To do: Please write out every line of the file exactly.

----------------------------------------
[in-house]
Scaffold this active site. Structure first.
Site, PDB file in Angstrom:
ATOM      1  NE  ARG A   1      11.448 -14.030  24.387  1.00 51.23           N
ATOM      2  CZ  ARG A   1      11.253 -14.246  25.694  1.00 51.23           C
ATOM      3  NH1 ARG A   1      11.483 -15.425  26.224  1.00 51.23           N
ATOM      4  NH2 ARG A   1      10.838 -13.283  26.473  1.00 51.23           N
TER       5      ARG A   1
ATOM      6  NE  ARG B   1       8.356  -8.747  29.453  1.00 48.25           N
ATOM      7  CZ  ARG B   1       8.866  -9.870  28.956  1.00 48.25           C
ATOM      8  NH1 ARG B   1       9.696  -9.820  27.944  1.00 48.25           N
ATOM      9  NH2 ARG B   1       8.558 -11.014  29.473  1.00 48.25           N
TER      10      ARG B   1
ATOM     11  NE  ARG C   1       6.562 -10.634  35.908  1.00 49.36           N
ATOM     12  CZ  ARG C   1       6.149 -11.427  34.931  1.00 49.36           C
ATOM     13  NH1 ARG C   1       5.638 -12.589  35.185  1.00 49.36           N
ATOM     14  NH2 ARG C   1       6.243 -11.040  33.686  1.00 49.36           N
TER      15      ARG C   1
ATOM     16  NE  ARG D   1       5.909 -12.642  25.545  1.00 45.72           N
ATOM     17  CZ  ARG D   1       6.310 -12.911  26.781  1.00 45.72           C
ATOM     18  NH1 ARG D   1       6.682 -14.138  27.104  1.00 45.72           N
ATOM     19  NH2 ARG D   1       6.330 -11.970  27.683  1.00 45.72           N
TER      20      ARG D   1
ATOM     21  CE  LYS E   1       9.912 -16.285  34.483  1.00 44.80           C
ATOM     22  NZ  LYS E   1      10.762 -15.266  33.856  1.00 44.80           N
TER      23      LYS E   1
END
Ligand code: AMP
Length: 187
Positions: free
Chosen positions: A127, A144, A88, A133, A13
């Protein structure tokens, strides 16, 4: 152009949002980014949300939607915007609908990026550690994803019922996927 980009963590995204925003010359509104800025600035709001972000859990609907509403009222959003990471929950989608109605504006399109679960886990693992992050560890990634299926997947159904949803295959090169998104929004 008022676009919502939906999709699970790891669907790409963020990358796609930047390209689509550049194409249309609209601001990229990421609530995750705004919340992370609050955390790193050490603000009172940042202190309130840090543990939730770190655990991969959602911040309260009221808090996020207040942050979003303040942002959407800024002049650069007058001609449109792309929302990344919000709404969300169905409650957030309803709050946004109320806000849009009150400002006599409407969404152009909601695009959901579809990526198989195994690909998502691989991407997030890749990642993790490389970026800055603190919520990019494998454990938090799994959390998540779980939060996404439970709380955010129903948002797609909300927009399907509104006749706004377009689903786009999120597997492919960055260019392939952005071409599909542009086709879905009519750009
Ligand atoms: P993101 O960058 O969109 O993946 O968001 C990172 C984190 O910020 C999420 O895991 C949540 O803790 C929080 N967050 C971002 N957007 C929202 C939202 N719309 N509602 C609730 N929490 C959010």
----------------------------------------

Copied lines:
[in-house]
Scaffold this active site. Structure first.
Site, PDB file in Angstrom:
ATOM      1  NE  ARG A   1      11.448 -14.030  24.387  1.00 51.23           N
ATOM      2  CZ  ARG A   1      11.253 -14.246  25.694  1.00 51.23           C
ATOM      3  NH1 ARG A   1      11.483 -15.425  26.224  1.00 51.23           N
ATOM      4  NH2 ARG A   1      10.838 -13.283  26.473  1.00 51.23           N
TER       5      ARG A   1
ATOM      6  NE  ARG B   1       8.356  -8.747  29.453  1.00 48.25           N
ATOM      7  CZ  ARG B   1       8.866  -9.870  28.956  1.00 48.25           C
ATOM      8  NH1 ARG B   1       9.696  -9.820  27.944  1.00 48.25           N
ATOM      9  NH2 ARG B   1       8.558 -11.014  29.473  1.00 48.25           N
TER      10      ARG B   1
ATOM     11  NE  ARG C   1       6.562 -10.634  35.908  1.00 49.36           N
ATOM     12  CZ  ARG C   1       6.149 -11.427  34.931  1.00 49.36           C
ATOM     13  NH1 ARG C   1       5.638 -12.589  35.185  1.00 49.36           N
ATOM     14  NH2 ARG C   1       6.243 -11.040  33.686  1.00 49.36           N
TER      15      ARG C   1
ATOM     16  NE  ARG D   1       5.909 -12.642  25.545  1.00 45.72           N
ATOM     17  CZ  ARG D   1       6.310 -12.911  26.781  1.00 45.72           C
ATOM     18  NH1 ARG D   1       6.682 -14.138  27.104  1.00 45.72           N
ATOM     19  NH2 ARG D   1       6.330 -11.970  27.683  1.00 45.72           N
TER      20      ARG D   1
ATOM     21  CE  LYS E   1       9.912 -16.285  34.483  1.00 44.80           C
ATOM     22  NZ  LYS E   1      10.762 -15.266  33.856  1.00 44.80           N
TER      23      LYS E   1
END
Ligand code: AMP
Length: 187
Positions: free
Chosen positions: A127, A144, A88, A133, A13
């Protein structure tokens, strides 16, 4: 152009949002980014949300939607915007609908990026550690994803019922996927 980009963590995204925003010359509104800025600035709001972000859990609907509403009222959003990471929950989608109605504006399109679960886990693992992050560890990634299926997947159904949803295959090169998104929004 008022676009919502939906999709699970790891669907790409963020990358796609930047390209689509550049194409249309609209601001990229990421609530995750705004919340992370609050955390790193050490603000009172940042202190309130840090543990939730770190655990991969959602911040309260009221808090996020207040942050979003303040942002959407800024002049650069007058001609449109792309929302990344919000709404969300169905409650957030309803709050946004109320806000849009009150400002006599409407969404152009909601695009959901579809990526198989195994690909998502691989991407997030890749990642993790490389970026800055603190919520990019494998454990938090799994959390998540779980939060996404439970709380955010129903948002797609909300927009399907509104006749706004377009689903786009999120597997492919960055260019392939952005071409599909542009086709879905009519750009
Ligand atoms: P993101 O960058 O969109 O993946 O968001 C990172 C984190 O910020 C999420 O895991 C949540 O803790 C929080 N967050 C971002 N957007 C929202 C939202 N719309 N509602 C609730 N929490 C959010």